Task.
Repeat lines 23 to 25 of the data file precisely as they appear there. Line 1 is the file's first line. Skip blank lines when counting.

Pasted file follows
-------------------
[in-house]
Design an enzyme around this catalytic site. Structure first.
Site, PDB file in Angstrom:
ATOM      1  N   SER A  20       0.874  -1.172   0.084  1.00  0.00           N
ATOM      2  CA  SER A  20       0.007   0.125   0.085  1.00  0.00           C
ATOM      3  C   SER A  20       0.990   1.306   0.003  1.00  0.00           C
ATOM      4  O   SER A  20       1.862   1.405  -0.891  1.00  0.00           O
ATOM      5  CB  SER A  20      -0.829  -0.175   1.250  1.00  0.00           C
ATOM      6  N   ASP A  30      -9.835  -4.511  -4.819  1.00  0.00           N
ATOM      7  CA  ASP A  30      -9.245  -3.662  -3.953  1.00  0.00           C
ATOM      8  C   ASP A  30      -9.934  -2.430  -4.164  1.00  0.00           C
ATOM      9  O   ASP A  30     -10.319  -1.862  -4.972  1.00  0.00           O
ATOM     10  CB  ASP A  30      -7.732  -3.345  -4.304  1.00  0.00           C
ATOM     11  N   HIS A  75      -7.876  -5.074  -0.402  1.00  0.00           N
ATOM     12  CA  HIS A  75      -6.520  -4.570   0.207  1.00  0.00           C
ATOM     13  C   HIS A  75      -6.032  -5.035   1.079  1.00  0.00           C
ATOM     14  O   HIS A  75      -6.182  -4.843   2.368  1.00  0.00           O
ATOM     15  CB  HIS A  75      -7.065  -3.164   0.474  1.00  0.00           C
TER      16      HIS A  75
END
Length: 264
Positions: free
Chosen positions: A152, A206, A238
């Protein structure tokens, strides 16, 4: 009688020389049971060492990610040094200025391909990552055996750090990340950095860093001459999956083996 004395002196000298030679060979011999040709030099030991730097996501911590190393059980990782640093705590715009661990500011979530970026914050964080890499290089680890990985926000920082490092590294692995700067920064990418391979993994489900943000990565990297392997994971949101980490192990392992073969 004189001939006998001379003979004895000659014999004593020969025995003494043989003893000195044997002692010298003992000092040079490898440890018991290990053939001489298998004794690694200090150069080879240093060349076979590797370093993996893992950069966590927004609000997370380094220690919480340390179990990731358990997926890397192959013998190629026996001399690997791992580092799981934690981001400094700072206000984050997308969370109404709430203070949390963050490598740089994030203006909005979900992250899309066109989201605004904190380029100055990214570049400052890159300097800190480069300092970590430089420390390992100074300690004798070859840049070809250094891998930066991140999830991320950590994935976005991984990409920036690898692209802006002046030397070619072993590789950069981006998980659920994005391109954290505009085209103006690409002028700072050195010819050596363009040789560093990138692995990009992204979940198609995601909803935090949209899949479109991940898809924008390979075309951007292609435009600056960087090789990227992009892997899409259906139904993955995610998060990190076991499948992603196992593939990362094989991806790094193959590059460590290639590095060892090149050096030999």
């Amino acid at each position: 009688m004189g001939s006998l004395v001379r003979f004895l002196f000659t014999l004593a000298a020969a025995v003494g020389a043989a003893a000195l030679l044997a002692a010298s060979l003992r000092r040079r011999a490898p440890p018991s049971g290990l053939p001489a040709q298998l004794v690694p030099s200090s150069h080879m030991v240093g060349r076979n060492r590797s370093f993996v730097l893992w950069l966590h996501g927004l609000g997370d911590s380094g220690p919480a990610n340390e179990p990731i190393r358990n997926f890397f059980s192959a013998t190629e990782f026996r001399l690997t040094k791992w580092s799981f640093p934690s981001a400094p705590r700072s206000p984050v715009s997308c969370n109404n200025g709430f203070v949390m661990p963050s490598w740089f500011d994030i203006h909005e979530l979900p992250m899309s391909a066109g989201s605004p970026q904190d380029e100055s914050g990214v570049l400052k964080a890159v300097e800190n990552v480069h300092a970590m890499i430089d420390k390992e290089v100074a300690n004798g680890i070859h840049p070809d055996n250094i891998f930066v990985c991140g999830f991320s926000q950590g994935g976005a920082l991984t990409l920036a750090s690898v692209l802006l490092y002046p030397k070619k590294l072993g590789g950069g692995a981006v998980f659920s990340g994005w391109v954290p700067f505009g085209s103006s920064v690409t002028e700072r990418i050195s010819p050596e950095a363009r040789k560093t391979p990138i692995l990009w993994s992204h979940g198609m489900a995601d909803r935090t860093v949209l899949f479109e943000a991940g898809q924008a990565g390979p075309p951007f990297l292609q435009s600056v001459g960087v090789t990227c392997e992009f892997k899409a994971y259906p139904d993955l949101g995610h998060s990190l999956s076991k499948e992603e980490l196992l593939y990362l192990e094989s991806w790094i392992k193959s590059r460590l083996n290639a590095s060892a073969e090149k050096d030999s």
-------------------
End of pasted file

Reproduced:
Chosen positions: A152, A206, A238
């Protein structure tokens, strides 16, 4: 009688020389049971060492990610040094200025391909990552055996750090990340950095860093001459999956083996 004395002196000298030679060979011999040709030099030991730097996501911590190393059980990782640093705590715009661990500011979530970026914050964080890499290089680890990985926000920082490092590294692995700067920064990418391979993994489900943000990565990297392997994971949101980490192990392992073969 004189001939006998001379003979004895000659014999004593020969025995003494043989003893000195044997002692010298003992000092040079490898440890018991290990053939001489298998004794690694200090150069080879240093060349076979590797370093993996893992950069966590927004609000997370380094220690919480340390179990990731358990997926890397192959013998190629026996001399690997791992580092799981934690981001400094700072206000984050997308969370109404709430203070949390963050490598740089994030203006909005979900992250899309066109989201605004904190380029100055990214570049400052890159300097800190480069300092970590430089420390390992100074300690004798070859840049070809250094891998930066991140999830991320950590994935976005991984990409920036690898692209802006002046030397070619072993590789950069981006998980659920994005391109954290505009085209103006690409002028700072050195010819050596363009040789560093990138692995990009992204979940198609995601909803935090949209899949479109991940898809924008390979075309951007292609435009600056960087090789990227992009892997899409259906139904993955995610998060990190076991499948992603196992593939990362094989991806790094193959590059460590290639590095060892090149050096030999």
């Amino acid at each position: 009688m004189g001939s006998l004395v001379r003979f004895l002196f000659t014999l004593a000298a020969a025995v003494g020389a043989a003893a000195l030679l044997a002692a010298s060979l003992r000092r040079r011999a490898p440890p018991s049971g290990l053939p001489a040709q298998l004794v690694p030099s200090s150069h080879m030991v240093g060349r076979n060492r590797s370093f993996v730097l893992w950069l966590h996501g927004l609000g997370d911590s380094g220690p919480a990610n340390e179990p990731i190393r358990n997926f890397f059980s192959a013998t190629e990782f026996r001399l690997t040094k791992w580092s799981f640093p934690s981001a400094p705590r700072s206000p984050v715009s997308c969370n109404n200025g709430f203070v949390m661990p963050s490598w740089f500011d994030i203006h909005e979530l979900p992250m899309s391909a066109g989201s605004p970026q904190d380029e100055s914050g990214v570049l400052k964080a890159v300097e800190n990552v480069h300092a970590m890499i430089d420390k390992e290089v100074a300690n004798g680890i070859h840049p070809d055996n250094i891998f930066v990985c991140g999830f991320s926000q950590g994935g976005a920082l991984t990409l920036a750090s690898v692209l802006l490092y002046p030397k070619k590294l072993g590789g950069g692995a981006v998980f659920s990340g994005w391109v954290p700067f505009g085209s103006s920064v690409t002028e700072r990418i050195s010819p050596e950095a363009r040789k560093t391979p990138i692995l990009w993994s992204h979940g198609m489900a995601d909803r935090t860093v949209l899949f479109e943000a991940g898809q924008a990565g390979p075309p951007f990297l292609q435009s600056v001459g960087v090789t990227c392997e992009f892997k899409a994971y259906p139904d993955l949101g995610h998060s990190l999956s076991k499948e992603e980490l196992l593939y990362l192990e094989s991806w790094i392992k193959s590059r460590l083996n290639a590095s060892a073969e090149k050096d030999s």